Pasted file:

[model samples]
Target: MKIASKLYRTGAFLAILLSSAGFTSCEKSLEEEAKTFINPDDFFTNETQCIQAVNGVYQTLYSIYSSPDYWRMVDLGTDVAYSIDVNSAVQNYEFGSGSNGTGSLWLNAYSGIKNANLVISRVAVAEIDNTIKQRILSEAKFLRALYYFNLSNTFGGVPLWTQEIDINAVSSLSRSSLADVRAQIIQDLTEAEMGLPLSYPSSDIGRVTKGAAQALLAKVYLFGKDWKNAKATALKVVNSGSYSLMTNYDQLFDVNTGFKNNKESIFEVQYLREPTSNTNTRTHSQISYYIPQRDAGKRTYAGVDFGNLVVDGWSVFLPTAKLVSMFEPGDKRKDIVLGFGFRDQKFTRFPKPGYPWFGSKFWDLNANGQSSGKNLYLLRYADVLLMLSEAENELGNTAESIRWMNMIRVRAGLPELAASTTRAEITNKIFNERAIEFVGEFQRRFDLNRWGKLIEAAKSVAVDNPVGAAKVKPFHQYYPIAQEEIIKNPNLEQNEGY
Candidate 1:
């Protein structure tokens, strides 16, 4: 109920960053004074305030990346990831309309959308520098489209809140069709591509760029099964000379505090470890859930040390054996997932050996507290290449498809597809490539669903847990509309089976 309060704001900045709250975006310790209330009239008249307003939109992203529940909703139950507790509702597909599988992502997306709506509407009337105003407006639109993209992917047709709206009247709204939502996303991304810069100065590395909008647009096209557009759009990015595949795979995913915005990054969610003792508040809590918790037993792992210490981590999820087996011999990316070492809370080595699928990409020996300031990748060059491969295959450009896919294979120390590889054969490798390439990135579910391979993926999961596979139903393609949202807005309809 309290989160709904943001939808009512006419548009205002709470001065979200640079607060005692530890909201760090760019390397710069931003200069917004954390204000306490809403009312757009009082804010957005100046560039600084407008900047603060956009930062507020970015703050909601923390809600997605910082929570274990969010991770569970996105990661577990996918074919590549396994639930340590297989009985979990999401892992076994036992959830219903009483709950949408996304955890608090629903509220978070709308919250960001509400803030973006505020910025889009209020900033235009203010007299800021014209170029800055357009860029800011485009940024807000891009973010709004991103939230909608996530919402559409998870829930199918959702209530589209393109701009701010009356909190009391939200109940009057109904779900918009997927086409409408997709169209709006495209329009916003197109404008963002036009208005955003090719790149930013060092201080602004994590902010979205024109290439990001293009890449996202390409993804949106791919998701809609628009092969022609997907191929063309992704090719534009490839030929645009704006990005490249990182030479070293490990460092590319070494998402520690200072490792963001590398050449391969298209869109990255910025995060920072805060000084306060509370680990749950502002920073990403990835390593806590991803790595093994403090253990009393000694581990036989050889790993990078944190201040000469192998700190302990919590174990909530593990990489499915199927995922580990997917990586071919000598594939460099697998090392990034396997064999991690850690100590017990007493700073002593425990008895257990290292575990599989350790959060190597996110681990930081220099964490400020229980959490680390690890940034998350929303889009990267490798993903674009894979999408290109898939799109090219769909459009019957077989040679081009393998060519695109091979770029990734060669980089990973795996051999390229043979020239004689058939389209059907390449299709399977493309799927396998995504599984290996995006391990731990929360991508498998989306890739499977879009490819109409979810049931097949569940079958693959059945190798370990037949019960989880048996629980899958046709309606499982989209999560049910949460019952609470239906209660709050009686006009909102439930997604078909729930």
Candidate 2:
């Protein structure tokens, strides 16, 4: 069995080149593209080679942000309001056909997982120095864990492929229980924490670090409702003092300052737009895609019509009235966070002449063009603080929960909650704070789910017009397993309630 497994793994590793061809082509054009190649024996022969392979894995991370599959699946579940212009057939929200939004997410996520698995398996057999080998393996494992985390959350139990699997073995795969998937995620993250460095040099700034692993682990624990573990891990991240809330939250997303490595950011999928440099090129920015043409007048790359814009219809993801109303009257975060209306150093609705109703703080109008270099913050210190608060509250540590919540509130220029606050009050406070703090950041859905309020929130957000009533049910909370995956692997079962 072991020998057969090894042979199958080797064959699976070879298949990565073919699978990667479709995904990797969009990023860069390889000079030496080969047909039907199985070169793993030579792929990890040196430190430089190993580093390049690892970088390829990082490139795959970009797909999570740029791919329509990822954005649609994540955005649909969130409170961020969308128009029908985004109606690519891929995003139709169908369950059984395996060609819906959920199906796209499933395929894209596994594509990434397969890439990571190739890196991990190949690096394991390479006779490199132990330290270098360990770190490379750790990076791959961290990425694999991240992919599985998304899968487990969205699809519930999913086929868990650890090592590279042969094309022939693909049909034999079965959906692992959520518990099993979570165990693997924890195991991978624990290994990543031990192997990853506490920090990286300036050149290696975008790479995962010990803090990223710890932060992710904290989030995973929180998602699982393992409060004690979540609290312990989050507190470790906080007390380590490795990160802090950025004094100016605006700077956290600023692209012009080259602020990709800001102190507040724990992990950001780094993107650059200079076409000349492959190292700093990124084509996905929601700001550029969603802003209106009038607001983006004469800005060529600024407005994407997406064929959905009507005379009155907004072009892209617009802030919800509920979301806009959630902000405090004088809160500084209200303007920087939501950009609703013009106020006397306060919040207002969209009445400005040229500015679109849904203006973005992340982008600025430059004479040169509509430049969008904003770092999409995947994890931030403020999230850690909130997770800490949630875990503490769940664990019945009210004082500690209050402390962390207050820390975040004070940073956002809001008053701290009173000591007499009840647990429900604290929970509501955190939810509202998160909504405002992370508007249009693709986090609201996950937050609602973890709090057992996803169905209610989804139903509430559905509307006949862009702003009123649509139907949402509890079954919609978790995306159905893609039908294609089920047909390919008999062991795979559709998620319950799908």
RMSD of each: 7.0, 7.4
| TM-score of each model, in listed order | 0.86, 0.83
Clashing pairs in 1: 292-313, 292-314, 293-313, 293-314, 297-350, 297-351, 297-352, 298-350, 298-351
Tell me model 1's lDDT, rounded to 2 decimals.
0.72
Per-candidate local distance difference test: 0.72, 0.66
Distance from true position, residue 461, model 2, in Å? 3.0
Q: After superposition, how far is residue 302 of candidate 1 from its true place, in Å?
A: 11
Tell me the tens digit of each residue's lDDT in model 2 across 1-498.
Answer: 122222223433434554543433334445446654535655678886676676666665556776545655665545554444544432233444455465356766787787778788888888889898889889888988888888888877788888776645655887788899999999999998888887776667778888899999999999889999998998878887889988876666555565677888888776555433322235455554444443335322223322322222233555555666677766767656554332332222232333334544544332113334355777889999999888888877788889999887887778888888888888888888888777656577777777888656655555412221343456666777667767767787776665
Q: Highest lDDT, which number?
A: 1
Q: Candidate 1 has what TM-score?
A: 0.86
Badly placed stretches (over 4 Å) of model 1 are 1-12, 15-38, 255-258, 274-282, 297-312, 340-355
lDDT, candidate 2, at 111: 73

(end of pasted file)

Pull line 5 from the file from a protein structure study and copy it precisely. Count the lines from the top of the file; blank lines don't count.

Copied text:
Candidate 2: